See you soon, Sweetheart.



Wednesday, August 12, 2009

Book of Remembrance

I'm in need of a project, and came across my stash of Mom's letters to me the other day. I'm going to type some of them up, to organize them, and so Jeremy and my kids can get to know Mom a little better. I'd like to share some of my favorite passages. The following is from a letter she wrote when I was 11 and put into my Book of Remembrance. Her insight (a prompting?) is uncanny, and my faith in eternal families is renewed each time I read her words:

"...You were born at an emotionally difficult time for me. Just when childbearing had become a triumph and a joy, Peter was a difficult birth and an emergency cesarean section. His birth left me weak. Sarah died 6 weeks later, and scarcely a year after that you were born -- again by cesarean section. Your big brother Matt was not happy with us, and we were not happy with him.

"... Before you were born I was sitting alone in fast meeting feeling sad over the loss of little Sarah and lonely. Dad was home with the boys, and I was enjoying the meeting in peace. A set of twins was blessed that day. I thought as they were taken to the front of the congregation, "What could be more beautiful than a baby -- unless it is two babies. How wonderful!" As that thought passed through my mind, the witness of the Holy Ghost filled me whole body. I thought it meant that I was going to have twins. I asked the Lord again later at home if I were going to have twins, and again that feeling went through my whole being. Strange, the doctor even had been telling me I would have twins. Later -- much later, I learned that the Lord was actually telling me to rejoice, that I would have two more babies -- that the loss I felt would be taken away. I never dreamed I would have two little girls in the place of the little girl we lost, but the Lord told me so before you were born.

"...Dear Jennie, I hope when the time comes for you to bear your first child that I am near and that I am strong. My mother has been such a strength to me through the years. She has known how best to help me and exactly how I was feeling. Such a wonderful companion she has been. I long to be that for you. Should I not be able to be by your side for some reason, little daughter, please know that my thoughts and prayers and my whole soul will be with you -- not only in your motherhood, but in all your life's work. Remember, love and life are eternal. No catastrophe of this life can wipe them out. Those blessings have been sealed upon us in the Holy Temple of the Lord if we are faithful and worthy of them. You were born under that sacred temple covenant, and you are ours forever if we live for it. I loved you before you were born, I love you now, and I always will.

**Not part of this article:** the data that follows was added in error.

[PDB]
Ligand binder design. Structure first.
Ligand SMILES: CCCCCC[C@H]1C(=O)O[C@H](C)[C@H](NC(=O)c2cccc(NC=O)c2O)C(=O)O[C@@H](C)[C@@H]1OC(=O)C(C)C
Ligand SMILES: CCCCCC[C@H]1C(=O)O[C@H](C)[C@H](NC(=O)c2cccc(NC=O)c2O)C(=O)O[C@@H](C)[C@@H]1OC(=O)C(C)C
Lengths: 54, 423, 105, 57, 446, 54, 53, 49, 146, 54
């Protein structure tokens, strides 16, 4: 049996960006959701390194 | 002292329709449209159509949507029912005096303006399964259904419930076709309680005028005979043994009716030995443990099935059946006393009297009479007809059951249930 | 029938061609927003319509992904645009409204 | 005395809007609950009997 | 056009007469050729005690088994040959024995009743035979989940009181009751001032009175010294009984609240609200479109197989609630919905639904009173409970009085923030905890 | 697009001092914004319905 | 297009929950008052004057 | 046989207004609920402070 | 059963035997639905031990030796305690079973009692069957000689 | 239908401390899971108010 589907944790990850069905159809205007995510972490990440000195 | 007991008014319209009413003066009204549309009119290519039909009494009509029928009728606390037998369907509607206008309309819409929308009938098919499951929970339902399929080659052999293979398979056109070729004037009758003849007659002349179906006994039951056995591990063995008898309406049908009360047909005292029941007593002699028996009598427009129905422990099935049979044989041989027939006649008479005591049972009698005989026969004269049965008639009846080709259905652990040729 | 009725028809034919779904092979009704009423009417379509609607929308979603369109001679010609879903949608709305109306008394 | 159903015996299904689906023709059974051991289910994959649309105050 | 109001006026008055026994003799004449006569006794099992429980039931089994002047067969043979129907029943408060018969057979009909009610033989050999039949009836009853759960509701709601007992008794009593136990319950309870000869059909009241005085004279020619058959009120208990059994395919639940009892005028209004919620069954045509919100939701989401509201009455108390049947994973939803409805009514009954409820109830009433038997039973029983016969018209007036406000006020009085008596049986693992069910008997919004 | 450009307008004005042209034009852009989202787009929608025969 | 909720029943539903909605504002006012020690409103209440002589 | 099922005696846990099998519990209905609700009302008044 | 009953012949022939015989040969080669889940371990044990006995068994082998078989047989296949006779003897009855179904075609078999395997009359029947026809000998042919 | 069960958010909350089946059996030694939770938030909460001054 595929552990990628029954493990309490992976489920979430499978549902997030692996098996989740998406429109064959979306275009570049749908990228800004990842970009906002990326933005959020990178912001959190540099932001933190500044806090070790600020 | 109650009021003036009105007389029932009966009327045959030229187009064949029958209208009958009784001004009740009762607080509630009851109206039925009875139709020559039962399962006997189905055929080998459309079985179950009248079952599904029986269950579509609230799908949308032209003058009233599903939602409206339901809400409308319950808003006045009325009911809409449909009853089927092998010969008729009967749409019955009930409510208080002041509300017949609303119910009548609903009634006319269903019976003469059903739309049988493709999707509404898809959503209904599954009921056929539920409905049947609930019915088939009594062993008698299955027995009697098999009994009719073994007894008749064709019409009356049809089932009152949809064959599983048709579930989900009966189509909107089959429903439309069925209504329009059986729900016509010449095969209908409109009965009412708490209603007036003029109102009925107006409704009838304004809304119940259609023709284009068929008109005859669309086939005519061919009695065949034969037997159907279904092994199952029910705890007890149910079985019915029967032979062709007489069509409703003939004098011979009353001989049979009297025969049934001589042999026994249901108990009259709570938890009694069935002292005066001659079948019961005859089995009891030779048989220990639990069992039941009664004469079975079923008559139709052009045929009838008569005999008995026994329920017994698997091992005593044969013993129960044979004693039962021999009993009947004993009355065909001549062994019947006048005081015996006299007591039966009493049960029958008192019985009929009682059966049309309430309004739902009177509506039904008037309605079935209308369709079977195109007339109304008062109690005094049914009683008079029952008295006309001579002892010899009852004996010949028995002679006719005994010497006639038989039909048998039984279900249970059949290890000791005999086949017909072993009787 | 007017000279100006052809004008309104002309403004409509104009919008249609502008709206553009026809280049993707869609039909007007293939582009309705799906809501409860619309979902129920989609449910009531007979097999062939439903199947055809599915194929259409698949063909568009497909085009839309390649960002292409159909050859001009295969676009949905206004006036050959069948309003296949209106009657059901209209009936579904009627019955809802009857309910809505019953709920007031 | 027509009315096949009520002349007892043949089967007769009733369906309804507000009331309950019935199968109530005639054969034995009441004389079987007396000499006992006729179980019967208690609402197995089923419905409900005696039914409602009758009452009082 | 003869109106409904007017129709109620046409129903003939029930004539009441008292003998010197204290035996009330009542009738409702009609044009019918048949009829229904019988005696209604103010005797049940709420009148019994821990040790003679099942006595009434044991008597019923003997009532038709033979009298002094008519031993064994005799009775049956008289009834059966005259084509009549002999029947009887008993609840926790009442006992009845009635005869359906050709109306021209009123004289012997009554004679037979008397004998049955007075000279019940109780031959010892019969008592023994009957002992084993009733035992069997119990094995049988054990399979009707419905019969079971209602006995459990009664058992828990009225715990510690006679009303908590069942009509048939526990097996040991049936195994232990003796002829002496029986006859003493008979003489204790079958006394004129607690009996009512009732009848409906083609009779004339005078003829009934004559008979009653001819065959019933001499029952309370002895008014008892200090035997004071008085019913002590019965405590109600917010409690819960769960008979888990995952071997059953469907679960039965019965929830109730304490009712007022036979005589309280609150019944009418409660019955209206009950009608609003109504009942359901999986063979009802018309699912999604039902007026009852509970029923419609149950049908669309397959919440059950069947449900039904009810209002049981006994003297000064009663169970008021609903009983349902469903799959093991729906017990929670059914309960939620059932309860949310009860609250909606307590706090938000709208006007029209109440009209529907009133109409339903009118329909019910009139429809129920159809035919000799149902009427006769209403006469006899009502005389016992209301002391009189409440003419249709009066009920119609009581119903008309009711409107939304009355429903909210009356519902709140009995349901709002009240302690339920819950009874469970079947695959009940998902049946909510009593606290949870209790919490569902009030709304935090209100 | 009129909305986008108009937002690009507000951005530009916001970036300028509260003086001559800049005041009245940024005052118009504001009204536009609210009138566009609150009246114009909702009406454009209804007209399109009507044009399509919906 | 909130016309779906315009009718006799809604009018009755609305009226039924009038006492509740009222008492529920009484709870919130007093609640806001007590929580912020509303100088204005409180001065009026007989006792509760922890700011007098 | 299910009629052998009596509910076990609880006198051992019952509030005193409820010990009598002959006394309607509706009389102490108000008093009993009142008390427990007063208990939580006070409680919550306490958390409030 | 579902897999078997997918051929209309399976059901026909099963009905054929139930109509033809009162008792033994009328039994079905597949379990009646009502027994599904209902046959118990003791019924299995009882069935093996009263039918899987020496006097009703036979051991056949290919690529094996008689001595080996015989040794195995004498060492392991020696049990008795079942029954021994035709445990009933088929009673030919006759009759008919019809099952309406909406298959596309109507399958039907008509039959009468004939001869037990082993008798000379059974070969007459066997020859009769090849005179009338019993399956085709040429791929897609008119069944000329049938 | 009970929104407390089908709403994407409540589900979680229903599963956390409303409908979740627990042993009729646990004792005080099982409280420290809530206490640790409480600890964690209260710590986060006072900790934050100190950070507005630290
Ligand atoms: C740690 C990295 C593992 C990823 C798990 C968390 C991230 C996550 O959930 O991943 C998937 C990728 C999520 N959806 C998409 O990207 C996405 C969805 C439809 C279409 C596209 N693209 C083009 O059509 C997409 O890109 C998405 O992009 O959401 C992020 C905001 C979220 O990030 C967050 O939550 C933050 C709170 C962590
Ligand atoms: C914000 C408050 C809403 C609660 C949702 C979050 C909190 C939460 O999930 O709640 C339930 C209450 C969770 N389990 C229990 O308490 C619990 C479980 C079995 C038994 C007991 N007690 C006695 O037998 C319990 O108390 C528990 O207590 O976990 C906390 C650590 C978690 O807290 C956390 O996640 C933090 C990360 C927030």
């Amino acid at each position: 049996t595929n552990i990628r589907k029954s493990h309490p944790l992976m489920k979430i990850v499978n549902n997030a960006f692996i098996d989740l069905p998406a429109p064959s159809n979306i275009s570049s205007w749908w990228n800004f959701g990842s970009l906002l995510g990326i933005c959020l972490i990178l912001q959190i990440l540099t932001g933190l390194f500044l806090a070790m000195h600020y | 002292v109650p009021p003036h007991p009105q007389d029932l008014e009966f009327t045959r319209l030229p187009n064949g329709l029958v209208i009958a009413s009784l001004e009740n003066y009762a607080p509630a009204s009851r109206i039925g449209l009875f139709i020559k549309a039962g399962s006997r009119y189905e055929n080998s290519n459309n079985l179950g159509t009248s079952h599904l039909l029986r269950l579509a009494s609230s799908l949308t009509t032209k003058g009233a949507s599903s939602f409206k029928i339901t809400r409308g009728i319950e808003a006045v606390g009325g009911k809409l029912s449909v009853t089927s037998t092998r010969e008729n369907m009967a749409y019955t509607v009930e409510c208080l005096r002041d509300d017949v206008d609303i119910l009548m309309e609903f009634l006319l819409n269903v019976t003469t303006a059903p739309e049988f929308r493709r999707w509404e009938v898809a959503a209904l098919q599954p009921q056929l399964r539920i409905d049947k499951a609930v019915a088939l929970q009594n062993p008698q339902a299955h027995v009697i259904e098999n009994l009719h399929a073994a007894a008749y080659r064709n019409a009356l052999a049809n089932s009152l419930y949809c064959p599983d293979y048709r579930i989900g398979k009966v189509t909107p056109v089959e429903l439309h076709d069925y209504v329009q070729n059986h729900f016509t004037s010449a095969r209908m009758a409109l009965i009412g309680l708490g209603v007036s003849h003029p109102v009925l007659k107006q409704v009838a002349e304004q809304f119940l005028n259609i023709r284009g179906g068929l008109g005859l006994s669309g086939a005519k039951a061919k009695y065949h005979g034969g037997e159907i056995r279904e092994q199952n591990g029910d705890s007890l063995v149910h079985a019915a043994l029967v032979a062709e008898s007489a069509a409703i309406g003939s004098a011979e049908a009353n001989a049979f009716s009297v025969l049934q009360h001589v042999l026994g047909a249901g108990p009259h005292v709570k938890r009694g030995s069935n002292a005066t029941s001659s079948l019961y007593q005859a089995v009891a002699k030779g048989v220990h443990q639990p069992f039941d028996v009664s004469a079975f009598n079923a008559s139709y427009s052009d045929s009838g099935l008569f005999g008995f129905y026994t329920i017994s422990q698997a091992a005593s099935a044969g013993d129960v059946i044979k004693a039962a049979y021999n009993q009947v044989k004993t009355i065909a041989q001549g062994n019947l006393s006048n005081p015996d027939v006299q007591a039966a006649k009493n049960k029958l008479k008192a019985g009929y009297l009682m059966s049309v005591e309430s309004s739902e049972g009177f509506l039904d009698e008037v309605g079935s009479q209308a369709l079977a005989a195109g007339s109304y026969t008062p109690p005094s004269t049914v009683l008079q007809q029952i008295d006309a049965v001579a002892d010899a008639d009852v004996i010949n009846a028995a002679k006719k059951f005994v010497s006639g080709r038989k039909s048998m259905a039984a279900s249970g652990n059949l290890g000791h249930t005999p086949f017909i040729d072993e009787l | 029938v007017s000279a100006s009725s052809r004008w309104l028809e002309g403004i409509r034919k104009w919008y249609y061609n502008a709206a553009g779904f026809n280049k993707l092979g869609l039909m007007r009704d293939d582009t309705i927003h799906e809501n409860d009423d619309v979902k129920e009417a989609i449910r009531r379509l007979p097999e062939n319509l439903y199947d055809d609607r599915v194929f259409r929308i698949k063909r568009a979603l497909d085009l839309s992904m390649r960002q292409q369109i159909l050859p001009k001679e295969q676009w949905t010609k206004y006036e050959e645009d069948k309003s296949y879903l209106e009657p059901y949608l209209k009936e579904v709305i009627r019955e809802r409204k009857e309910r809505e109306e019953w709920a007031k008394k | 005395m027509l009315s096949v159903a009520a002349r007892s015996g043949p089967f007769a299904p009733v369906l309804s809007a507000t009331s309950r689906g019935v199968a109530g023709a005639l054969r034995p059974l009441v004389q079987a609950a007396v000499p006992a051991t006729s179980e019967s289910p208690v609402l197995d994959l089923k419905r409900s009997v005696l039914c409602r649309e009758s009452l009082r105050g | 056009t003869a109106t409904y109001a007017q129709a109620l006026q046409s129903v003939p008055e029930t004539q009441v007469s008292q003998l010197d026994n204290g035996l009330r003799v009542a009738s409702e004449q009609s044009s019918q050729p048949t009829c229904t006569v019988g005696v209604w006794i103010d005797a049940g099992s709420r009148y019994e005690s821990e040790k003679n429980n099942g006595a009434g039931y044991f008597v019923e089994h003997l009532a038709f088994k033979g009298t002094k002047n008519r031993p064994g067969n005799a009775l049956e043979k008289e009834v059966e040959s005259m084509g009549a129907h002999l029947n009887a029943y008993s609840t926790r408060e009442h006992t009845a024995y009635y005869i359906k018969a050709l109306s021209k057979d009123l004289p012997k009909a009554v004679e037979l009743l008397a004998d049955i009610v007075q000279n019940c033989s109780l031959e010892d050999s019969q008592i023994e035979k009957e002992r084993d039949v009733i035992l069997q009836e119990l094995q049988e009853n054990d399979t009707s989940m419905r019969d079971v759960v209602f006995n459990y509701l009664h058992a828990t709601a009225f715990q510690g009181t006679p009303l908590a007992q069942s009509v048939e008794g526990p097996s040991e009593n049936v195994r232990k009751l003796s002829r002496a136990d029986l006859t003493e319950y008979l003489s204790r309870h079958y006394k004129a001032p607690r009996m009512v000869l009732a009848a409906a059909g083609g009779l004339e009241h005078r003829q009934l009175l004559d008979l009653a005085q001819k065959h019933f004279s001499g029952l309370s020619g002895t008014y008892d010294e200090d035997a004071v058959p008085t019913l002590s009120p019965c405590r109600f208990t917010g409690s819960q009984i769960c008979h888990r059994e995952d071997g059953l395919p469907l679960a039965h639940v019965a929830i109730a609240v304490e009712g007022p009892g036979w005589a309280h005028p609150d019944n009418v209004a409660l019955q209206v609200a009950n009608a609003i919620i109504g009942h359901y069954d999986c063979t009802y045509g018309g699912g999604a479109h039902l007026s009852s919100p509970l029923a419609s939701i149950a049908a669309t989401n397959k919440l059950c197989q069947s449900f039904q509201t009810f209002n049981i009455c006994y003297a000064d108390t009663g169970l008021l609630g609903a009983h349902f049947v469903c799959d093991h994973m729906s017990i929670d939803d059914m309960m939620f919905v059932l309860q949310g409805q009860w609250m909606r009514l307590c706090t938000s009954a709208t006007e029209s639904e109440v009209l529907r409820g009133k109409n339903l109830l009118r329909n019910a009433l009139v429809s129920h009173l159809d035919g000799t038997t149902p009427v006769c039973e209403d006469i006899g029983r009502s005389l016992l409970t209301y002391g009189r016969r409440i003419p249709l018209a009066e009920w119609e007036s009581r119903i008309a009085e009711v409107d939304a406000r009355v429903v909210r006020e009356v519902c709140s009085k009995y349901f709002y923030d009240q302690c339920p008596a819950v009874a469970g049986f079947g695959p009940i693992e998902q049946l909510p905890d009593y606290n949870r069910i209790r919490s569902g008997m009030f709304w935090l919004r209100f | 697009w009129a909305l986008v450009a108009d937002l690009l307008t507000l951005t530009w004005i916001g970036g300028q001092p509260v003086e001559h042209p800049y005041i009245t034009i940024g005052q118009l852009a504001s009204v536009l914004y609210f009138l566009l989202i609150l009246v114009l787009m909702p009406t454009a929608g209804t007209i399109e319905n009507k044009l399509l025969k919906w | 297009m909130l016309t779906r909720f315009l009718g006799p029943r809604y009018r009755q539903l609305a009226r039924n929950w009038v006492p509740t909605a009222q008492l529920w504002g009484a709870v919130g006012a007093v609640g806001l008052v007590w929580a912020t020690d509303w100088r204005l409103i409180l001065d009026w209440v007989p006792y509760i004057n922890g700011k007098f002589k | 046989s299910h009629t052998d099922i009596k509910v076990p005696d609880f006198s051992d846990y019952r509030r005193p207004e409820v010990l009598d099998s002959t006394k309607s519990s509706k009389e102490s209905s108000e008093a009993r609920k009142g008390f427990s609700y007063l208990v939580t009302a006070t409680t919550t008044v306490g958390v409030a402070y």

All my love,


Thursday, August 6, 2009

Happy Birthday

Mom was born 68 years ago today. Coincidentally, in the last week, I've come across two things that have reminded me of a few of the reasons why she was so fun. I've enjoyed reminiscing. The first is a cookbook, The Tasha Tudor Cookbook, I have on my bookshelf I was mistakenly remembering was hers, passed on to me. I opened it a few days ago and found this dedication:

"February 4, 1998

To Jennie on the day of her sophomore recital. This book reflects life's deep joys -- family, beauty, and love. We hope it lasts longer than flowers.

Love, Mom and Dad.

PS Keep it away from the kitchen."

If you want to spend an afternoon with Mom, go pick up a copy of this book at the library or the bookstore. Every little thing about it helped me remember all the little things I loved about Mom. I know she loved Tasha Tudor. Now I think she and Mom are kindred spirits like the world rarely sees. The illustrations (painted by Tasha herself) are all of rosy-cheeked, tousled-haired, bare-footed children, or food, or barnyard animals. From recipes calling for a chicken carcass (zero waste) to instructions like these: "Don't drain the pan; cook it right in the drippings. I can feel cholestrol-intimidated people squirming in horror. However, once a year will not hurt you, and life is too short not to enjoy a few treats," I'm reminded of Mom so much I have to chuckle.

The second reminder of Mom is a magazine called, appropriately, Mary Jane's Farm. I have no idea how I got a copy, addressed to me by name here at my new address, but if you're the one that sent it to me, Thank You! I enjoyed it very much. The subtitle of the magazine reads as follows: "Food as Celebration/ Passionate Gardening / Nostalgic Crafts and Stitchery; The Everyday Organic Lifestyle Magazine." Aside from the stitchery, Mom to a T, without cracking the cover. My favorite article in Mom's honor is titled, "Be an 'Entre-maure': Just because it doesn't glitter doesn't mean it isn't gold." Ha! Hilarious.

If you haven't yet reminisced about Mary Jane yet today and felt happy for the legacy she left us, I hope this helps. I usually feel sad Mom's not here. Sometimes I'm mad. But today I'm just happy I got to know her. Love you, Mom.